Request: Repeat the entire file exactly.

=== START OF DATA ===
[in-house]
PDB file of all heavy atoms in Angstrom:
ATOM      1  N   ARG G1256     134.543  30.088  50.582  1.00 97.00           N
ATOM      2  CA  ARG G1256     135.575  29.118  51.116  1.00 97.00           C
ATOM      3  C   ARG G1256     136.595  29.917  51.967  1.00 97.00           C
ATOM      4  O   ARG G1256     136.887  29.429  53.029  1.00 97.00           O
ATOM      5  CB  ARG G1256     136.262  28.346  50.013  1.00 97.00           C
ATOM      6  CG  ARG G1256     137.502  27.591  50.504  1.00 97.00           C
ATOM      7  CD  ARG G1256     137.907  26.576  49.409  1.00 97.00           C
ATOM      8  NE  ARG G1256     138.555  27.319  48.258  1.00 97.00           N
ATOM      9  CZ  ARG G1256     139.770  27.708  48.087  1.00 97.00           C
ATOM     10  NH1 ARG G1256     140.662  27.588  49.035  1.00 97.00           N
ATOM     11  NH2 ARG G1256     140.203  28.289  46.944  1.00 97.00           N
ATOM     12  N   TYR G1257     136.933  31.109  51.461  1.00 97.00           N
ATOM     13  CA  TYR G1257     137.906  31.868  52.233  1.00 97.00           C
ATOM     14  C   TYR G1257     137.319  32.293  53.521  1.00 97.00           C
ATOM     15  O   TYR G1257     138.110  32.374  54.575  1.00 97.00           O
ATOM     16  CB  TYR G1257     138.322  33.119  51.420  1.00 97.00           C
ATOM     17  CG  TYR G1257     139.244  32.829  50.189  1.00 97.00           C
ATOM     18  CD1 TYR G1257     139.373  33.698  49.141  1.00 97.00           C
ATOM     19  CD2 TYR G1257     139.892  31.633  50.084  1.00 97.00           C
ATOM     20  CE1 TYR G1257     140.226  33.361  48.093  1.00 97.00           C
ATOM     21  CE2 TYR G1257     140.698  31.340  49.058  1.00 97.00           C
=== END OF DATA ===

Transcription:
[in-house]
PDB file of all heavy atoms in Angstrom:
ATOM      1  N   ARG G1256     134.543  30.088  50.582  1.00 97.00           N
ATOM      2  CA  ARG G1256     135.575  29.118  51.116  1.00 97.00           C
ATOM      3  C   ARG G1256     136.595  29.917  51.967  1.00 97.00           C
ATOM      4  O   ARG G1256     136.887  29.429  53.029  1.00 97.00           O
ATOM      5  CB  ARG G1256     136.262  28.346  50.013  1.00 97.00           C
ATOM      6  CG  ARG G1256     137.502  27.591  50.504  1.00 97.00           C
ATOM      7  CD  ARG G1256     137.907  26.576  49.409  1.00 97.00           C
ATOM      8  NE  ARG G1256     138.555  27.319  48.258  1.00 97.00           N
ATOM      9  CZ  ARG G1256     139.770  27.708  48.087  1.00 97.00           C
ATOM     10  NH1 ARG G1256     140.662  27.588  49.035  1.00 97.00           N
ATOM     11  NH2 ARG G1256     140.203  28.289  46.944  1.00 97.00           N
ATOM     12  N   TYR G1257     136.933  31.109  51.461  1.00 97.00           N
ATOM     13  CA  TYR G1257     137.906  31.868  52.233  1.00 97.00           C
ATOM     14  C   TYR G1257     137.319  32.293  53.521  1.00 97.00           C
ATOM     15  O   TYR G1257     138.110  32.374  54.575  1.00 97.00           O
ATOM     16  CB  TYR G1257     138.322  33.119  51.420  1.00 97.00           C
ATOM     17  CG  TYR G1257     139.244  32.829  50.189  1.00 97.00           C
ATOM     18  CD1 TYR G1257     139.373  33.698  49.141  1.00 97.00           C
ATOM     19  CD2 TYR G1257     139.892  31.633  50.084  1.00 97.00           C
ATOM     20  CE1 TYR G1257     140.226  33.361  48.093  1.00 97.00           C
ATOM     21  CE2 TYR G1257     140.698  31.340  49.058  1.00 97.00           C